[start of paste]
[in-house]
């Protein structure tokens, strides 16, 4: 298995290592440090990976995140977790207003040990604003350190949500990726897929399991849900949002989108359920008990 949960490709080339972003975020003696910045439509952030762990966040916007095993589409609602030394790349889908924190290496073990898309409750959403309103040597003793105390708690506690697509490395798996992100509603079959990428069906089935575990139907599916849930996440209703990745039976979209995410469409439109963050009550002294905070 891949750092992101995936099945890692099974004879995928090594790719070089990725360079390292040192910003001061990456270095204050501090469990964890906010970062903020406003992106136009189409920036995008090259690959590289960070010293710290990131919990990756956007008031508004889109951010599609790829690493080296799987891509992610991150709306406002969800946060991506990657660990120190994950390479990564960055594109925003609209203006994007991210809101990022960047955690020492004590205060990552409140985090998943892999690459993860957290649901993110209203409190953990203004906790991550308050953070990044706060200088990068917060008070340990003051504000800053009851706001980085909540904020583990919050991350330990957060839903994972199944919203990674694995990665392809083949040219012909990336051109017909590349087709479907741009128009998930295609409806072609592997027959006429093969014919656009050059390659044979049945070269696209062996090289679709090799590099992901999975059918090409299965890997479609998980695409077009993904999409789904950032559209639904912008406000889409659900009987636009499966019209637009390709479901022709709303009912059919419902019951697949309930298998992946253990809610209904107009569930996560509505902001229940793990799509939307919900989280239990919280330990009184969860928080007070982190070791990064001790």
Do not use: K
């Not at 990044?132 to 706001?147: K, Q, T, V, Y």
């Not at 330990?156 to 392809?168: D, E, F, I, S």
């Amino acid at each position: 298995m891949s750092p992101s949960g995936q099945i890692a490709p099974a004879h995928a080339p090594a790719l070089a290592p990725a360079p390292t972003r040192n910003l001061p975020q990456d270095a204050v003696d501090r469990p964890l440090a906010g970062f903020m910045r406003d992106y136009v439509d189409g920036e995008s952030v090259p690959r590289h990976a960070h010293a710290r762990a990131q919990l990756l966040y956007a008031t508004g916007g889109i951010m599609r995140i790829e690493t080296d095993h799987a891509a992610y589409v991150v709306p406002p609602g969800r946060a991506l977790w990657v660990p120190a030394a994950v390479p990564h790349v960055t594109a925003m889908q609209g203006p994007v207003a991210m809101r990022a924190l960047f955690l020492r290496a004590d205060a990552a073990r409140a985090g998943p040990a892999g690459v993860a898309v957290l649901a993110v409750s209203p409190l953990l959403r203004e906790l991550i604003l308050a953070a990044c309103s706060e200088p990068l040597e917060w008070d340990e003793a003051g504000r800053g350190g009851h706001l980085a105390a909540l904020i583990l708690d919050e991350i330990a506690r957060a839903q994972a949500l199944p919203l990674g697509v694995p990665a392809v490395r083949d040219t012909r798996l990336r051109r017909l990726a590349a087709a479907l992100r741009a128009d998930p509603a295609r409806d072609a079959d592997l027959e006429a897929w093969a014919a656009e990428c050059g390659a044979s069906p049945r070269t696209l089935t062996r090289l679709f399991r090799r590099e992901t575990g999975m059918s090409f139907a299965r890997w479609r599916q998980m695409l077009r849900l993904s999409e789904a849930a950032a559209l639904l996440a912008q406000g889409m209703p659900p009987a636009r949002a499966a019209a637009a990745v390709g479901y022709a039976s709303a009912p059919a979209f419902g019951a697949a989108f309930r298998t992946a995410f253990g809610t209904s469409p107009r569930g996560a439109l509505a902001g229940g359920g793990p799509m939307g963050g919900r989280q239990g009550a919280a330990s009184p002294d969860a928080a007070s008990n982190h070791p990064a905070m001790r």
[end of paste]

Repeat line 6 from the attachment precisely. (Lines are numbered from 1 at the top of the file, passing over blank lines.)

């Amino acid at each position: 298995m891949s750092p992101s949960g995936q099945i890692a490709p099974a004879h995928a080339p090594a790719l070089a290592p990725a360079p390292t972003r040192n910003l001061p975020q990456d270095a204050v003696d501090r469990p964890l440090a906010g970062f903020m910045r406003d992106y136009v439509d189409g920036e995008s952030v090259p690959r590289h990976a960070h010293a710290r762990a990131q919990l990756l966040y956007a008031t508004g916007g889109i951010m599609r995140i790829e690493t080296d095993h799987a891509a992610y589409v991150v709306p406002p609602g969800r946060a991506l977790w990657v660990p120190a030394a994950v390479p990564h790349v960055t594109a925003m889908q609209g203006p994007v207003a991210m809101r990022a924190l960047f955690l020492r290496a004590d205060a990552a073990r409140a985090g998943p040990a892999g690459v993860a898309v957290l649901a993110v409750s209203p409190l953990l959403r203004e906790l991550i604003l308050a953070a990044c309103s706060e200088p990068l040597e917060w008070d340990e003793a003051g504000r800053g350190g009851h706001l980085a105390a909540l904020i583990l708690d919050e991350i330990a506690r957060a839903q994972a949500l199944p919203l990674g697509v694995p990665a392809v490395r083949d040219t012909r798996l990336r051109r017909l990726a590349a087709a479907l992100r741009a128009d998930p509603a295609r409806d072609a079959d592997l027959e006429a897929w093969a014919a656009e990428c050059g390659a044979s069906p049945r070269t696209l089935t062996r090289l679709f399991r090799r590099e992901t575990g999975m059918s090409f139907a299965r890997w479609r599916q998980m695409l077009r849900l993904s999409e789904a849930a950032a559209l639904l996440a912008q406000g889409m209703p659900p009987a636009r949002a499966a019209a637009a990745v390709g479901y022709a039976s709303a009912p059919a979209f419902g019951a697949a989108f309930r298998t992946a995410f253990g809610t209904s469409p107009r569930g996560a439109l509505a902001g229940g359920g793990p799509m939307g963050g919900r989280q239990g009550a919280a330990s009184p002294d969860a928080a007070s008990n982190h070791p990064a905070m001790r």